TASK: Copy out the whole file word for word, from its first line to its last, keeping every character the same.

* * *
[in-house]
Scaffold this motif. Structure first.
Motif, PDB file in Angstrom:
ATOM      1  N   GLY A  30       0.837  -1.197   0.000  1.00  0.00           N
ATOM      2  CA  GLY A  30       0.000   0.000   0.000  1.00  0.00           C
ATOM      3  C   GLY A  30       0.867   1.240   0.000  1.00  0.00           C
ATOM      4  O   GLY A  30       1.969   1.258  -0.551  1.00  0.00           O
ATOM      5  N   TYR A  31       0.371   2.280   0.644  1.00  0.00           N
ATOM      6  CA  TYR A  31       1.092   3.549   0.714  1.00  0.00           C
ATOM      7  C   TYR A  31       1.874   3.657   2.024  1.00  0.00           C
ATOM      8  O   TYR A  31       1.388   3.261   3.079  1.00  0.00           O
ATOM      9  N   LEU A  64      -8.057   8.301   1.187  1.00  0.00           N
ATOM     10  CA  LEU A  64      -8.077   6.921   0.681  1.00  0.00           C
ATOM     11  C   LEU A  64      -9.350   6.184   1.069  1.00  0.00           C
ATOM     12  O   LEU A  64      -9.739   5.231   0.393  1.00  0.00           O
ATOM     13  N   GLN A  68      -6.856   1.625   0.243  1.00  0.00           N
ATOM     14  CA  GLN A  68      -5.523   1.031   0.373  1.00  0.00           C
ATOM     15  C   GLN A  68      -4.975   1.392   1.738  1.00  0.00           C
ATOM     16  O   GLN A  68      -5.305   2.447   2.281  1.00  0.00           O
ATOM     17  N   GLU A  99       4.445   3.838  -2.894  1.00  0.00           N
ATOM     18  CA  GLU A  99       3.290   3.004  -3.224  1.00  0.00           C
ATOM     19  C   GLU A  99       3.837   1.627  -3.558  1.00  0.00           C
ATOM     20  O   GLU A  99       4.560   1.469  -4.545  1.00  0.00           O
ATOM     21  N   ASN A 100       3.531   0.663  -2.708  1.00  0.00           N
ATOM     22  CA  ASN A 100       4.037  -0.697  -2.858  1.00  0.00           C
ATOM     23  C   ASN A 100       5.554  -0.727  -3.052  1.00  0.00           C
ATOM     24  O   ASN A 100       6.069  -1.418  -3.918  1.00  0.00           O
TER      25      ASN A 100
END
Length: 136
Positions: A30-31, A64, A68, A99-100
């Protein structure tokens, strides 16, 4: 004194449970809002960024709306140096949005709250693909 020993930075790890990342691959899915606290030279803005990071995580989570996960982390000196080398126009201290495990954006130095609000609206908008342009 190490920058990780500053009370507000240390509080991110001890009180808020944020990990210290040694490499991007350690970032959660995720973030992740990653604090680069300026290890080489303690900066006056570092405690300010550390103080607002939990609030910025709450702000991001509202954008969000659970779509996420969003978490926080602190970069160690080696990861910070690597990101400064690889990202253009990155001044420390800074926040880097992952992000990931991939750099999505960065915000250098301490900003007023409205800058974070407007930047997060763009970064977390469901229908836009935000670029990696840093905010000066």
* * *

[in-house]
Scaffold this motif. Structure first.
Motif, PDB file in Angstrom:
ATOM      1  N   GLY A  30       0.837  -1.197   0.000  1.00  0.00           N
ATOM      2  CA  GLY A  30       0.000   0.000   0.000  1.00  0.00           C
ATOM      3  C   GLY A  30       0.867   1.240   0.000  1.00  0.00           C
ATOM      4  O   GLY A  30       1.969   1.258  -0.551  1.00  0.00           O
ATOM      5  N   TYR A  31       0.371   2.280   0.644  1.00  0.00           N
ATOM      6  CA  TYR A  31       1.092   3.549   0.714  1.00  0.00           C
ATOM      7  C   TYR A  31       1.874   3.657   2.024  1.00  0.00           C
ATOM      8  O   TYR A  31       1.388   3.261   3.079  1.00  0.00           O
ATOM      9  N   LEU A  64      -8.057   8.301   1.187  1.00  0.00           N
ATOM     10  CA  LEU A  64      -8.077   6.921   0.681  1.00  0.00           C
ATOM     11  C   LEU A  64      -9.350   6.184   1.069  1.00  0.00           C
ATOM     12  O   LEU A  64      -9.739   5.231   0.393  1.00  0.00           O
ATOM     13  N   GLN A  68      -6.856   1.625   0.243  1.00  0.00           N
ATOM     14  CA  GLN A  68      -5.523   1.031   0.373  1.00  0.00           C
ATOM     15  C   GLN A  68      -4.975   1.392   1.738  1.00  0.00           C
ATOM     16  O   GLN A  68      -5.305   2.447   2.281  1.00  0.00           O
ATOM     17  N   GLU A  99       4.445   3.838  -2.894  1.00  0.00           N
ATOM     18  CA  GLU A  99       3.290   3.004  -3.224  1.00  0.00           C
ATOM     19  C   GLU A  99       3.837   1.627  -3.558  1.00  0.00           C
ATOM     20  O   GLU A  99       4.560   1.469  -4.545  1.00  0.00           O
ATOM     21  N   ASN A 100       3.531   0.663  -2.708  1.00  0.00           N
ATOM     22  CA  ASN A 100       4.037  -0.697  -2.858  1.00  0.00           C
ATOM     23  C   ASN A 100       5.554  -0.727  -3.052  1.00  0.00           C
ATOM     24  O   ASN A 100       6.069  -1.418  -3.918  1.00  0.00           O
TER      25      ASN A 100
END
Length: 136
Positions: A30-31, A64, A68, A99-100
């Protein structure tokens, strides 16, 4: 004194449970809002960024709306140096949005709250693909 020993930075790890990342691959899915606290030279803005990071995580989570996960982390000196080398126009201290495990954006130095609000609206908008342009 190490920058990780500053009370507000240390509080991110001890009180808020944020990990210290040694490499991007350690970032959660995720973030992740990653604090680069300026290890080489303690900066006056570092405690300010550390103080607002939990609030910025709450702000991001509202954008969000659970779509996420969003978490926080602190970069160690080696990861910070690597990101400064690889990202253009990155001044420390800074926040880097992952992000990931991939750099999505960065915000250098301490900003007023409205800058974070407007930047997060763009970064977390469901229908836009935000670029990696840093905010000066």